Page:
The Father Never Forgot nor Forgave Yankee Soldiers that Killed His Sons and Placed their Heads on His Gateposts


The Commonwealth of Kentucky historical marker located at Golden Pond reads: CIVIL WAR SNIPER: In 1862, Jack Hinson swore revenge against the Union Army when two sons were executed as bushwhackers. From Ambush he picked off men in blue uniforms on gunboats and on land. With a price on his head, he continued his vendetta until his gun bore 36 notches at close of war. He guided Gen. Nathan B. Forrest in his last campaign in the area. Oct. – Nov. 1864.

Retired Marine Tom McKenney spent more than a decade after reading this roadside marker researching the life of Jack Hinson, a man who had tried his best to maintain peaceful relations with both the Union and Confederacy. His life was changed forever when a Union officer ordered two of his sons executed and mounted their heads on the gateposts of their father’s home.

Tom McKenney documents his research in a book titled Jack Hinson’s One-Man War, published by Pelican. The quotes to follow are from his excellent book.

The Hinson brothers were hunting deer less than a mile from their rural home, when a Union patrol appeared and arrested them. The Union troops had been frequently ambushed by guerrillas sympathetic to the South operating in the area. They would attack and fade into the forest. The Union officer suspected the Hinson boys were part of that group. He was wrong. He made a deadly mistake.

“The boys were tied and led northward to Dover Road… With the soldiers turning deaf ears to their protests of innocence, an unceremonious, ragged crash of carbines silenced George and John (Hinson) forever.

“The soldiers dragged the bodies of the boys to Dover and circled the courthouse square with them before leaving them there and heading for Bubbling Springs with their heads to arrest their father. .. The Federals had sown the wind, and for the rest of the war, they would reap the whirlwind.

“Colonel Lowe expected his soldiers to have no mercy on suspected guerrillas, their families, or their neighbors. Due to this policy, many innocent family members and neighbors were shot, imprisoned, or deported, and their property confiscated or burned.”

Dr. Smith, a family friend rushed from town to the Hinson farm to warn the family that the Union troops had killed their sons and would be heading for the farm to arrest Jack Hinson, their father.

“Leaving Elizabeth in the parlor with Sarah and the stunned and weeping children, Dr. Smith walked with Jack to the front door to meet the soldiers. They arrived at the door and opened it just in time to see the soldier with the bloody burlap sack reach into it, withdraw the heads, and place them on the posts of Jack’s front yard gate.

“As the heads were being placed on the gateposts, the lieutenant walked up the brick path to the porch with his pistol drawn, mounted the steps onto the porch, and demanded to see Mr. Hinson.

“Dr. Smith asked what the lieutenant wanted. Roughly and rudely, the officer stated that the Hinson boys had been caught bushwhacking with rifles in their hands that morning and executed on the spot. Now, he said, he was there to accuse the rest of the family of complicit guilt in the boys’ criminal behavior, confiscate their weapons, and arrest them all.”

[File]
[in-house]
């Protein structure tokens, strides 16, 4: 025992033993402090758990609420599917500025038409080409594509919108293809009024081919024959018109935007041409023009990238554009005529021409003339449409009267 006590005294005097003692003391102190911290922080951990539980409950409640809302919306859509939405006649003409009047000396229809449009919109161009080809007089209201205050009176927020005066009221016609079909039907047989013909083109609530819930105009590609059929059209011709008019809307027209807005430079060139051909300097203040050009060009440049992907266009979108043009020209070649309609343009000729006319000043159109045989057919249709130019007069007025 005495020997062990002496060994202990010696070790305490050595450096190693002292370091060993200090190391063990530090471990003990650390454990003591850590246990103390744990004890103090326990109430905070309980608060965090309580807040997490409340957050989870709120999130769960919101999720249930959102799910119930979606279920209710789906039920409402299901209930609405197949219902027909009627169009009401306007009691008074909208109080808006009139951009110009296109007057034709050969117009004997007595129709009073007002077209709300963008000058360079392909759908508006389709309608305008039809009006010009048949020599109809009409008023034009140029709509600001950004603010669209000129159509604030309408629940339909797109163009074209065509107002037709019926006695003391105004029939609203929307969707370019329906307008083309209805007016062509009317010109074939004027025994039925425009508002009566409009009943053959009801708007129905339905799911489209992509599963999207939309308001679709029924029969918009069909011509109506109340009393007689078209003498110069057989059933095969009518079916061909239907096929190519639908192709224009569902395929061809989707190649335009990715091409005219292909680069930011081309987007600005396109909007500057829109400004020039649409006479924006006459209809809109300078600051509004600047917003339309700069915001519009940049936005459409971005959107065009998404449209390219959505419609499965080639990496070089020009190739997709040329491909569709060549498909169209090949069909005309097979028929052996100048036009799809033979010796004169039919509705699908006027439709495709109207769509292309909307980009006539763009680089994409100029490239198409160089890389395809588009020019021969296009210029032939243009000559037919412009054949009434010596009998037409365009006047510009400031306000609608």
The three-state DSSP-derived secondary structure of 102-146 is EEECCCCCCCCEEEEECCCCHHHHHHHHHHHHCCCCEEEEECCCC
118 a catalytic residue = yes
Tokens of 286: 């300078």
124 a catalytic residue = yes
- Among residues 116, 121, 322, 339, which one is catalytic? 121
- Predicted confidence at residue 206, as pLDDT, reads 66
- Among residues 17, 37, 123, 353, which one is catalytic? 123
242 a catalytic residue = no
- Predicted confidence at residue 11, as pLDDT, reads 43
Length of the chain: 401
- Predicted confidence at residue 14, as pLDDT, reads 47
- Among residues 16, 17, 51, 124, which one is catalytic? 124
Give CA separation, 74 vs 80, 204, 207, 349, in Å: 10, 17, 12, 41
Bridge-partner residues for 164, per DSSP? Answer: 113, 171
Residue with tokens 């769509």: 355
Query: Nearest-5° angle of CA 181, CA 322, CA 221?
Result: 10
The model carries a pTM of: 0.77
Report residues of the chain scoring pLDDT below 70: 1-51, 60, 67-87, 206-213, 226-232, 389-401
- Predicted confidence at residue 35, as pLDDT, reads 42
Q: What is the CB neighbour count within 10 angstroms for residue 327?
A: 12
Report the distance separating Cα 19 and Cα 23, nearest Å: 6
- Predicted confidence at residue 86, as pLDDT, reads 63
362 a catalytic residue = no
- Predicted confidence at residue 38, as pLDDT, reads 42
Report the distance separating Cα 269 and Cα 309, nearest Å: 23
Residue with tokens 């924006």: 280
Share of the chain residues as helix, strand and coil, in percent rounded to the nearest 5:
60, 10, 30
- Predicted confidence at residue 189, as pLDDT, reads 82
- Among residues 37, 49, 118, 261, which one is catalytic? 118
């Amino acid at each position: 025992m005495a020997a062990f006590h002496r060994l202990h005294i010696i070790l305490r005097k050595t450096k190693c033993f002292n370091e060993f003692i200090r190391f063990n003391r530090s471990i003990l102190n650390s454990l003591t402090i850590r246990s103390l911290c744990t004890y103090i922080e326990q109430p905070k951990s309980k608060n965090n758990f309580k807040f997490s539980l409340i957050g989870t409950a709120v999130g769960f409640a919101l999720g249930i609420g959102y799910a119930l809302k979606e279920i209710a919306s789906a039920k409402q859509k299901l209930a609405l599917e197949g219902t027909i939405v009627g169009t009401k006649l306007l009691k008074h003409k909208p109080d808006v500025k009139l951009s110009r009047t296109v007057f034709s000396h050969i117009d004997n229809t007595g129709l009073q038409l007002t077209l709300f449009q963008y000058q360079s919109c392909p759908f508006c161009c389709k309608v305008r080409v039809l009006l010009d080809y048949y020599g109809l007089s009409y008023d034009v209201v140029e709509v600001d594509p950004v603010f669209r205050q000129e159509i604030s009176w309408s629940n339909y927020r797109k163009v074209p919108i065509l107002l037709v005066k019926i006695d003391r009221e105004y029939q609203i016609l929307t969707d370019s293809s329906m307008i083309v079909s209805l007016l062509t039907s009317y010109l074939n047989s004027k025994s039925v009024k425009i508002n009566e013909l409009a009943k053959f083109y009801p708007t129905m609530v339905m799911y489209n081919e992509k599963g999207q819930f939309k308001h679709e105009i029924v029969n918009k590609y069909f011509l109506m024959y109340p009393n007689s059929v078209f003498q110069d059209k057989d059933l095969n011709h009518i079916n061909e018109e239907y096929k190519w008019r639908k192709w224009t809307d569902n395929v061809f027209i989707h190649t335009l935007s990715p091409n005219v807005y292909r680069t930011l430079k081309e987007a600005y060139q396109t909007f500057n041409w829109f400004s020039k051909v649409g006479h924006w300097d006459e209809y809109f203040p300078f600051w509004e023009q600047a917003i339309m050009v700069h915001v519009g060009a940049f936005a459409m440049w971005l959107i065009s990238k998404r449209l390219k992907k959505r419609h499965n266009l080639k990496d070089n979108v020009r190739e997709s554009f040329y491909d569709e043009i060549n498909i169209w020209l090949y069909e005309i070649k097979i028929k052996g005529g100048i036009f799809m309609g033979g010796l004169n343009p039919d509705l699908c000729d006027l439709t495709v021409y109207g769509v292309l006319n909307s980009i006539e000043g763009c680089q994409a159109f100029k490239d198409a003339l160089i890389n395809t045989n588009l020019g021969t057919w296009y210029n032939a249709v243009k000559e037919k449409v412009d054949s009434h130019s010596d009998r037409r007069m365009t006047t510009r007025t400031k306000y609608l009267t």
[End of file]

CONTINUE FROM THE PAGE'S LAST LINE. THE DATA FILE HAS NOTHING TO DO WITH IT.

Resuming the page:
Dr. Smith was able to prevent further harm to the family by telling the lieutenant that Hinson had been “an opponent of secession and was a man of peace.” He explained that if anything more happened to the Hinson family that it would be made known to Gen. Grant, who had been an invited guest in the Hinson home, when Union troops first occupied the area.

Jack Hinson was no longer neutral and devoted the remainder of the war to identifying and killing Union officers from the bluffs overlooking the river below with a rifle he had made according to his specifications. It had a long barrel, weighed 17 pounds and was deadly accurate.

Hinson left his family, faded into the woods, was hunted by the Union Army with a price on his head for years and never found. The rifle has 36 circles cut in the barrel for the 36 known Union officer kills. Union military records indicate more than 130 union soldier kills attributed to Hinson and his deadly rifle.

Judge Ben McFarland owns the rifle and other items originally belonging to Jack Hinson. They were on display recently at the 2013 Reunion of the Tennessee Division of the Sons of Confederate Veterans. LTC. Tom McKenney, author of Jack Hinson’s One-Man War, was guest speaker, and Mike Couch, Director of the Museum and Library of Confederate History in Greenville was in attendance.

Currently, Americans are asking: “Could American troops ever turn their guns on American civilians? LTC. McKenney’s book answers that question and documents his work in brutal detail. It has happened before and is ignored by politically correct revisionist history.


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